For the admissions office, it’s called “hedge your bets.”
But for the applicant who has waited six months or more for a decision, the waitlist is likely to be a one-way ticket to nowhere.
And for an increasing number of students victimized by an enrollment management system designed to attract thousands of applications no one knows what to do with, all we can say is, “Welcome to admissions purgatory.”
It’s particularly frustrating for the subset of applicants who submitted early—Early Action, Restricted Early Action, Early Decision I or even Early Decision II—only to be shunted off to the waitlist.
You really have to want it to go through all that.
But hope springs eternal, and that’s why there are lotteries and waitlists.
For the most part, colleges are entirely unapologetic about using the dreams of waitlisted students to further enrollment goals focused on filling freshman classes with the best and brightest high school students.
After all, the waitlist is simply a tool used to shape a class profile that will be balanced between males and females, is geographically and racially diverse, meets legislated residency requirements, fills the needs of obscure departments or sports teams, and still covers some part of the college operating budget.
Waitlists aren’t usually prioritized or predictable.
And quite often, schools advertising “needs blind” admissions quietly convert to “needs sensitive” when it comes to plucking a few lucky students from the list. Consequently, most bets are off for financial aid if you come through the waitlist.
In other words, there’s no ranking, no money, and really not much hope.
And sometimes, the list is hardly more than a thinly disguised PR scam designed to keep agitated parents, alums, and other interested parties at arm’s length.
Waitlisted is an uncomfortable place to be. If you’ve been accepted or rejected, at least your status is clear. But waitlisted is fuzzy.
Face it: very few waitlisted students are eventually invited to the dance.
Here are some Common Data Set (CDS) statistics (Question C2) published by local colleges and universities for 2013-14:
University of Virginia
Waitlisted: 4,172 (2,606 accepted a position on the waitlist)
Admitted: 185 (287 the previous year)
Christopher Newport University
Waitlisted: 1639 (524 accepted waitlist)
Admitted: 137 (7 the previous year)
College of William & Mary
Waitlisted: 3196 (1474 accepted waitlist)
Admitted: 96 (147 the previous year)
George Mason University
Waitlisted: 2228 (929 accepted waitlist)
Admitted: 252 (158 the previous year)
University of Mary Washington
Waitlisted: 225 (81 accepted waitlist)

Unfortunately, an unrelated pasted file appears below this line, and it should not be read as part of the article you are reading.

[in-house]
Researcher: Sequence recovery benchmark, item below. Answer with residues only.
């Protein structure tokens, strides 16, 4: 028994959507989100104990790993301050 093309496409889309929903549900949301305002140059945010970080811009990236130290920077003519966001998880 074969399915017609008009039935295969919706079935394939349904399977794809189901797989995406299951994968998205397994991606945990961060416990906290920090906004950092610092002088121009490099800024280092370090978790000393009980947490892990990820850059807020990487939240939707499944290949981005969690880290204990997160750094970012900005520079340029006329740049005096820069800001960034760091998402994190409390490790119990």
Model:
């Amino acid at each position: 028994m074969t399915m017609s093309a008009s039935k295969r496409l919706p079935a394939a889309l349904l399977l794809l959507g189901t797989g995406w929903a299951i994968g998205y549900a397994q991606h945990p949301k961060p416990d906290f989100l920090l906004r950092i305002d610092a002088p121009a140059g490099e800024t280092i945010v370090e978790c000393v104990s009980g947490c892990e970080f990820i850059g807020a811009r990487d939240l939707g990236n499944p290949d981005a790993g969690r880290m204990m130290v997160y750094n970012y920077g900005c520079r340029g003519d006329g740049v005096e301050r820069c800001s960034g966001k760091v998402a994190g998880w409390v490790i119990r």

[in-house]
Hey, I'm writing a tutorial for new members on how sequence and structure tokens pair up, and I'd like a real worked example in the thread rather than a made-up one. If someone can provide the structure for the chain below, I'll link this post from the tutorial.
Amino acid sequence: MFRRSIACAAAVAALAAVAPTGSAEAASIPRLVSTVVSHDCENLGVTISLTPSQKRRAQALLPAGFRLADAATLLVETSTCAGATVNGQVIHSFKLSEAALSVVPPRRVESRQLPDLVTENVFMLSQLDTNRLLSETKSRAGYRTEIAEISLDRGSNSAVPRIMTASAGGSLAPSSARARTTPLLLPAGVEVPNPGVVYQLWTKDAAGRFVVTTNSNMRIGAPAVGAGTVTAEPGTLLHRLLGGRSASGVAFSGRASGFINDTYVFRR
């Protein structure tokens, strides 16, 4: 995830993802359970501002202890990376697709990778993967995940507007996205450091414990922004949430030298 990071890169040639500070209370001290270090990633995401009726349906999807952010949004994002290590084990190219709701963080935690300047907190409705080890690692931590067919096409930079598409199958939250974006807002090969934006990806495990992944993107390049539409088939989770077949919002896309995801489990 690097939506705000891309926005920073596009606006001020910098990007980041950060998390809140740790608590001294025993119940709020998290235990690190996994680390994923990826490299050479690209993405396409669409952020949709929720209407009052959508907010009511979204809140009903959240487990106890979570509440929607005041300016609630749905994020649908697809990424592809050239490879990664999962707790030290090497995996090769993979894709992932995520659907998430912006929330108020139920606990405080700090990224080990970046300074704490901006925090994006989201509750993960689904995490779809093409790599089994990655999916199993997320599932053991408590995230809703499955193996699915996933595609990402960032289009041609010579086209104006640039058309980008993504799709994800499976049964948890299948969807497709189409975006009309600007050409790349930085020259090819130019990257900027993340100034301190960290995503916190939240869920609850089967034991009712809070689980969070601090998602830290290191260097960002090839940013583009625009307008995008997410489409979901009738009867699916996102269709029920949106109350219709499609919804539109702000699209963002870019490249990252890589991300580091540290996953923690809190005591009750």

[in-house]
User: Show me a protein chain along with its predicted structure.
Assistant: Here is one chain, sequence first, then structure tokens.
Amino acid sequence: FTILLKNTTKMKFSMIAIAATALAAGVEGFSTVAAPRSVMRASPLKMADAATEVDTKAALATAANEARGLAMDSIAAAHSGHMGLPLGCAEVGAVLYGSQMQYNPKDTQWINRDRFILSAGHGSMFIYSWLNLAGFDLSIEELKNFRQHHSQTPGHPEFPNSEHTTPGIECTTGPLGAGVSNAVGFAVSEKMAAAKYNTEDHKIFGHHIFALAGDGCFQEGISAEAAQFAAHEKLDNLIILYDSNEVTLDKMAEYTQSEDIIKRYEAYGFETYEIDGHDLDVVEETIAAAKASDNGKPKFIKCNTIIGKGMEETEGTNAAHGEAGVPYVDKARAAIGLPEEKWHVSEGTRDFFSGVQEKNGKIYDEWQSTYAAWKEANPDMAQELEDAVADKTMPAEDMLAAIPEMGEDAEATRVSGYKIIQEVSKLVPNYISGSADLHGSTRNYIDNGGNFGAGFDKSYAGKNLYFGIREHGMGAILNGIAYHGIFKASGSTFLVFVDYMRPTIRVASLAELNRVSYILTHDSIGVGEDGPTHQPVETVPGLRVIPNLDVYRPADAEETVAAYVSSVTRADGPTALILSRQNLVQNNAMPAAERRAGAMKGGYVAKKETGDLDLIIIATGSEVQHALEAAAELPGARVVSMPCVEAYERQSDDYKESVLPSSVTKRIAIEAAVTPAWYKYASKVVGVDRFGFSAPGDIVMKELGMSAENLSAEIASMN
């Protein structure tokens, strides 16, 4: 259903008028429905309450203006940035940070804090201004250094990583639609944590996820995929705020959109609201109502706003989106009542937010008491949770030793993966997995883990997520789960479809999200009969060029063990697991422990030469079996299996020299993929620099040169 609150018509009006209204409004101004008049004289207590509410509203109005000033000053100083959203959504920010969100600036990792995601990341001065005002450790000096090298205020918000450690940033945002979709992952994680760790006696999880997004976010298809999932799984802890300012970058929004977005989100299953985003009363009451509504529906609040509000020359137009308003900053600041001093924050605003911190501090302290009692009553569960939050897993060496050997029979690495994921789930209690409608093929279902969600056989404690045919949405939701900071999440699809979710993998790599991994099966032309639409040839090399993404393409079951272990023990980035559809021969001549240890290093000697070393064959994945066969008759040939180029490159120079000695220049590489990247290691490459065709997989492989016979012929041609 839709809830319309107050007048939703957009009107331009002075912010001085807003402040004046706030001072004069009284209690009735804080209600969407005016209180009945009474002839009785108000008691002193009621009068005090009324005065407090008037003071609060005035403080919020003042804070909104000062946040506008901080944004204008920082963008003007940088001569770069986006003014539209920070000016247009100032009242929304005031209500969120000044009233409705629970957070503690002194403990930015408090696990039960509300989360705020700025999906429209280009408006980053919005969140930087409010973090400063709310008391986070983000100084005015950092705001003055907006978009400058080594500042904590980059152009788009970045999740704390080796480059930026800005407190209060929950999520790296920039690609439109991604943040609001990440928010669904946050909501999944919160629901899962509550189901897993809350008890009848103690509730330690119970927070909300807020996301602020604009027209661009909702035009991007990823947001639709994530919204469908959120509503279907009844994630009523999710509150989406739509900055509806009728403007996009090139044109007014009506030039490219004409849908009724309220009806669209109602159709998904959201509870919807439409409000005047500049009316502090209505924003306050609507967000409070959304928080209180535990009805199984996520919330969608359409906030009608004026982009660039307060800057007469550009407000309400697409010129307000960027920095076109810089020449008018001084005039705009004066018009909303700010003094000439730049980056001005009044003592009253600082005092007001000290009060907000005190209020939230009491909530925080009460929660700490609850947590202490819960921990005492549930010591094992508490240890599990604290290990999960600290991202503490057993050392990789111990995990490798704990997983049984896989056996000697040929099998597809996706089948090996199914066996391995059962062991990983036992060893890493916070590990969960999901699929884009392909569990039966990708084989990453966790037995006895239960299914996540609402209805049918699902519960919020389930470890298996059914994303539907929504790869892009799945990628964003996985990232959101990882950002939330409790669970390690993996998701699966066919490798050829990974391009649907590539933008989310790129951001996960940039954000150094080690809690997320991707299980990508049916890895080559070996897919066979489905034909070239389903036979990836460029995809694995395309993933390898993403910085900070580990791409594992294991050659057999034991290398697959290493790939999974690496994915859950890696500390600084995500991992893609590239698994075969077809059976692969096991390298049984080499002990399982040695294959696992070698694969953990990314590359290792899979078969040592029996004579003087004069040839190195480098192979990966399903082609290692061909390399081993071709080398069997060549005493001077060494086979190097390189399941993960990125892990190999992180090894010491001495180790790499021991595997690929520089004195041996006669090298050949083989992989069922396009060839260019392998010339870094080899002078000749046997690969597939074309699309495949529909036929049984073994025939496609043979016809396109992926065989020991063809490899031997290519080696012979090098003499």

Admitted: 55 (73 the previous year)
Virginia Commonwealth University
Admitted: 1 (0 the previous year)
University of Richmond
Waitlisted: 4129 (1641 accepted waitlist)
Admitted: 95 (13 the previous year)
Virginia Tech (2012-13 data)
Waitlisted: 2217 (1367 accepted waitlist)
Admitted: 110 (241 the previous year)
Washington & Lee University
Waitlisted: 2261 (705 accepted waitlist)
Admitted: 96 (89 the previous year)
American University (2012-13 data)
Waitlisted: 1379 (92 accepted waitlist)
George Washington University (2012-13 data)
Waitlisted: 2865 (722 accepted waitlist)
Admitted: 26 (112 the previous year)
Johns Hopkins University (2012-13 data)
Waitlisted: 2730 (2442 accepted waitlist)
Admitted: 1 (19 the previous year)
Waitlisted: 160 (38 accepted waitlist)
Admitted: 2 (20 the previous year)
Loyola University of Maryland
Waitlisted: 2504 (560 accepted waitlist)
Admitted: 47 (177 last year)
Numbers vary by year depending on how accurately the admissions office pegged its “yield” or how desperate the need to control the composition of the freshman class. For colleges with unfilled seats after May 1st, the pool of waitlisted students is something like a candy jar from which they can pick and choose depending on needs and wants.
For most students, being waitlisted is more frustrating than simply being rejected.
“There's no way around it,” commented Jeannine Lalonde, UVa senior assistant dean of admission. “This is probably the toughest decision to get from a school.”
A candidate who is denied admission to his or her first choice school is free to accept other offers. S/he can move on with his or her life. But a waitlisted candidate who really wants to attend a particular school is stuck in limbo.
Sure there are steps you can take to try to get off the list—write a letter, get another recommendation, meet with an admissions rep—but there is an emotional cost which must be factored in.
Is it worth it?
Sometimes, but not usually.
This is the first in a series of articles on waitlists.